Reality monitoring in a hypothetically hallucination-prone population. The aim of this work was to analyze the performance of hypothetically hallucination-prone subjects in source discrimination tasks. Two experiments were carried out with external source (pictorial and verbal) discrimination tasks. In Experiment 1, materials and encoding tasks (naming, function, and mental imagery) were manipulated. In Experiment 2, the variables were materials, encoding task and delay of memory test.
The results showed that hypothetically hallucination-prone subjects encode external information and make use of information about prototypical features of memory traces in a similar way to non-prone subjects. These findings, discussed within Johnson and Raye’s reality monitoring model, may serve to define the conditions under which normal and abnormal source discrimination failures occur.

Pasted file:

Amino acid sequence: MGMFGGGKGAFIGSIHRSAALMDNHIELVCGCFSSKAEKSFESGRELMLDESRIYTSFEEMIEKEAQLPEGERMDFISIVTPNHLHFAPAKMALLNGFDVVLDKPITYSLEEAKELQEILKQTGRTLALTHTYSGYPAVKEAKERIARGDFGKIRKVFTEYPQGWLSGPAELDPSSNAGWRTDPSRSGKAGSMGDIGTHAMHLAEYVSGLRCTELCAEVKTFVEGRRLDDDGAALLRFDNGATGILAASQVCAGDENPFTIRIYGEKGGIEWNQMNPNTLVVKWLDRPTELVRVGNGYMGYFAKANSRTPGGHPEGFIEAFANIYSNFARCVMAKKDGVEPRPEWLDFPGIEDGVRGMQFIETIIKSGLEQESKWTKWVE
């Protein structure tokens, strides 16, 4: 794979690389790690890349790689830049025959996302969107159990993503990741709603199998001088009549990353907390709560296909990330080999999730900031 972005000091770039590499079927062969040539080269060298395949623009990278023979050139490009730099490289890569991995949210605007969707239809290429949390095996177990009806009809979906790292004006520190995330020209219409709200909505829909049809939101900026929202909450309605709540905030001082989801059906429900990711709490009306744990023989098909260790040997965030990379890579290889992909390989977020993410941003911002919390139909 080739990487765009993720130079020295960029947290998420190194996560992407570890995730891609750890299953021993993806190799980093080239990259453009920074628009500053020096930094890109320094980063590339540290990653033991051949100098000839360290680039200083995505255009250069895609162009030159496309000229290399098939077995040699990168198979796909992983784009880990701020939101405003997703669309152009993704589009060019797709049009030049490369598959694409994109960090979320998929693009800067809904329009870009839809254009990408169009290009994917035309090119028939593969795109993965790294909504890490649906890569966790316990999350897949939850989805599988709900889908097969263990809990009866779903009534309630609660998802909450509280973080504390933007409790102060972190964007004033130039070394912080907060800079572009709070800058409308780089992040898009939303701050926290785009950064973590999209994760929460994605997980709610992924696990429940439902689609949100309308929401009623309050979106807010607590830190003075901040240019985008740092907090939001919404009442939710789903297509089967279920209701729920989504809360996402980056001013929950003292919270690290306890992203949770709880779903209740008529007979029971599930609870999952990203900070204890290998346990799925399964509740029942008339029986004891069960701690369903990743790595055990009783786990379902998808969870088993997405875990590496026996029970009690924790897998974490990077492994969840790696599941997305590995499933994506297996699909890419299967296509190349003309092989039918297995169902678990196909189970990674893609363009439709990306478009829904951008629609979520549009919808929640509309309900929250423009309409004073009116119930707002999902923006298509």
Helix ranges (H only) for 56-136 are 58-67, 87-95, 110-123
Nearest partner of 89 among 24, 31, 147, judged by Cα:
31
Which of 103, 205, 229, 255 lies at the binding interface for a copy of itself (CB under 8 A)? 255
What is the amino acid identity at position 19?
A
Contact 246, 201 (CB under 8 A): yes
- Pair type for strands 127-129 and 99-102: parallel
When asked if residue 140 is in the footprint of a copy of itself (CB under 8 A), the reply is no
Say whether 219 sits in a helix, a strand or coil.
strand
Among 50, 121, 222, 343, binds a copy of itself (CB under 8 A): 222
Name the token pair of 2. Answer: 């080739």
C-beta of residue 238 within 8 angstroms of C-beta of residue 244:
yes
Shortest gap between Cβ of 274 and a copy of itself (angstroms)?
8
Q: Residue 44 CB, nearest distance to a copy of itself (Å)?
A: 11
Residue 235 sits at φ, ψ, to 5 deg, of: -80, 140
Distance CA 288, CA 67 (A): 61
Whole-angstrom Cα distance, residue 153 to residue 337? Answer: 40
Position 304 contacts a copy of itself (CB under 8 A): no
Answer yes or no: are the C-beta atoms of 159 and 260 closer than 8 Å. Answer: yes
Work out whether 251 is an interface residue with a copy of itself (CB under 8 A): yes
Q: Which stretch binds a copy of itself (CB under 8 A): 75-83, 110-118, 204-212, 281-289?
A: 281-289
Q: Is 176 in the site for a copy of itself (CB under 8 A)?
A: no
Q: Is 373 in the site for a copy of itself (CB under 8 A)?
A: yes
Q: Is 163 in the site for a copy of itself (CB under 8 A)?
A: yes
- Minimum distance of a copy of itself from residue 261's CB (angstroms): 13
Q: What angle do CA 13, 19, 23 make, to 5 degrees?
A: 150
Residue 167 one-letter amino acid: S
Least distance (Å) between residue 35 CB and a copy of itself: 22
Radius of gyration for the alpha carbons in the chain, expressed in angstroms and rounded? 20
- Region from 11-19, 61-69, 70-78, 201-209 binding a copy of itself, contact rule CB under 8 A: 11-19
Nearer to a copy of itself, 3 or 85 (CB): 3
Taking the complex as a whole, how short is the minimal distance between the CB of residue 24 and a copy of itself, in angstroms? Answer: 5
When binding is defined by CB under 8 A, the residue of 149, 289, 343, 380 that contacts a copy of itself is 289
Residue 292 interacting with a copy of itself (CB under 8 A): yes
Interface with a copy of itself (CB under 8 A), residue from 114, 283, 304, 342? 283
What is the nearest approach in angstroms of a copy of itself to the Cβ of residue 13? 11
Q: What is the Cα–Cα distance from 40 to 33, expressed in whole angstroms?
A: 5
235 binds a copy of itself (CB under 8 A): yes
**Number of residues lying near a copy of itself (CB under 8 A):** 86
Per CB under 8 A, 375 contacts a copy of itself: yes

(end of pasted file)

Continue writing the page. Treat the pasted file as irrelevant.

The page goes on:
Psychological treatment appears an effective procedure for reducing the impact of stressful psychotic experiences, improving patients’ social functioning and reducing family stress, in conjunction with psychopharmacological treatment. It is interesting to note that in all psychological interventions some type of stress management strategy was used, aimed at helping patients and caregivers to cope more effectively with everyday problems; and this in addition to stress reduction procedures associated with concepts of expressed emotion and focused on the promotion of more tolerant behaviour and attitudes toward patients.
However, the effectiveness of these approaches has been considered separately. Thus, interventions have in each case been directed towards one of the components of the problem: the family, the patient’s skills (social, problem-solving, coping in general), positive symptomatology, or the introduction of environmental support. Paradoxically, and in spite of the recognition that schizophrenia results from several factors and should therefore be approached in a multidimensional way, integrated treatment models have been very little used.